pardPower Grab on Predatory Lending


The federal government is about to strip New York State agencies of the power to enforce state consumer-protection laws that prohibit many cases of abusive lending, according to Attorney General Eliot Spitzer.
Last year, the Washington-based Office of the Comptroller of the Currency, which oversees many of the nation=s largest banks, such as Citibank, drafted a proposed rule change that would supercede state laws and give the OCC primary responsibility for investigating and punishing nationally chartered banks C and their subsidiaries C if they engage in predatory lending.
AOur capacity to address the issue of predatory lending is being taken away from us,@ Mr. Spitzer said at a press conference in December. AIt is a horrendous policy decision.@
The OCC could make the new rule final any day. Mr. Spitzer and the attorneys general of 45 other states recently called on the OCC to drop the change.
 AThey=re giving a road map to the map guys on how to avoid prosecution and regulation,@ Mr. Spitzer said. AThey have come to the playing field late, and only to protect the large banks.@
   The agency dismissed the criticism. AThe OCC has been doing supervision of the national banking system since it was chartered by the National Banking Act with the full support of Abraham Lincoln C that=s how far back we go,@ said Kevin Mukri, an agency spokesman. AThis organization is very vocal, very public, and very aggressive in its pursuit of not tolerating predatory lending.@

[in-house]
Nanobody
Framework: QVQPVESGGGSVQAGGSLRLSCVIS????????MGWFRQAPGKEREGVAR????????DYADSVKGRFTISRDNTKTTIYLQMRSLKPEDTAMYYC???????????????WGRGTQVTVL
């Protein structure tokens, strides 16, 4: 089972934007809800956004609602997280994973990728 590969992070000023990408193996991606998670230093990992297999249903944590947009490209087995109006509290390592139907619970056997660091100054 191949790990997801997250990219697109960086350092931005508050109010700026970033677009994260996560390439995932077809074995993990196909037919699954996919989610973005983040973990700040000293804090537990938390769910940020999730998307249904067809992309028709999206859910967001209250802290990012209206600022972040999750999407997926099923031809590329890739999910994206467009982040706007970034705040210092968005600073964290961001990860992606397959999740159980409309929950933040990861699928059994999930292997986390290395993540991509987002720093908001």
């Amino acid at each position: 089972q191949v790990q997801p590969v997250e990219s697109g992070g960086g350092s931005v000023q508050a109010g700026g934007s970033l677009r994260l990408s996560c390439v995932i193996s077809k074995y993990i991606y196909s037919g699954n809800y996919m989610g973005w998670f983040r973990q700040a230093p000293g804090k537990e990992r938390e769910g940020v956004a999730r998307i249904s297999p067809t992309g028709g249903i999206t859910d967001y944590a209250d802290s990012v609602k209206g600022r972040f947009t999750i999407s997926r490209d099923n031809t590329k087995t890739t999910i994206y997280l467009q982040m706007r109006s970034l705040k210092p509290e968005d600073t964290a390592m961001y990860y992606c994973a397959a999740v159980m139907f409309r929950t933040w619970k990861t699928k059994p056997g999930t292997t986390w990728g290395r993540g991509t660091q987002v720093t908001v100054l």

AWhat we=re seeing here is a transparent power grab by the national bank regulator,@ said Sarah Ludwig of the Neighborhood Economic Development Advocacy Project. AAll New Yorkers will be affected if the OCC carries out its plans.@

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Farewell to a Pioneer
The death of councilwoman Mary Pinkett last month wasn=t supposed to come as a surprise. For years, the word in political circles was that she was sick, getting on in years, and feeling her age. I didn=t believe a word of it.
 I=d been hearing since the 1980s that Pinkett was getting old and thinking about retirement, and always discounted the talk. Black politicians never retire, I would tell people. They stay for decades, and never get beaten; you generally have to wait until they are carried out.
On the other hand, a good many longtime politicians regularly float rumors of their supposed retirement as a way to flush out potential opponents. The incumbent then turns out to be far from feeble, and the impatient upstarts are ruthlessly crushed. It happens all the time.
So it was with wide open eyes that I managed the 1991 campaign of Peter Williams, a friend from the Lafayette Gardens projects who had grown up to be a public policy wizard. Pete ran against Pinkett and lost.
A few years later, in 1997, I ran against her myself and was trounced, 52% to 29%. Bringing up the rear in that race was a rival, soon to be a friend, named James Davis.
Pete, James and I campaigned on essentially the same slogan: The black community needs new and younger leadership. It was, and remains, a serious problem.
Go to any distressed inner-city community and you will routinely find key institutions C churches, schools, newspapers, civic organizations, political offices C whose leadership turns over maybe once every 30 or 40 years. Along the way, a vast amount of homegrown talent and enthusiasm is shunned, suppressed, deliberately discouraged, or otherwise squandered.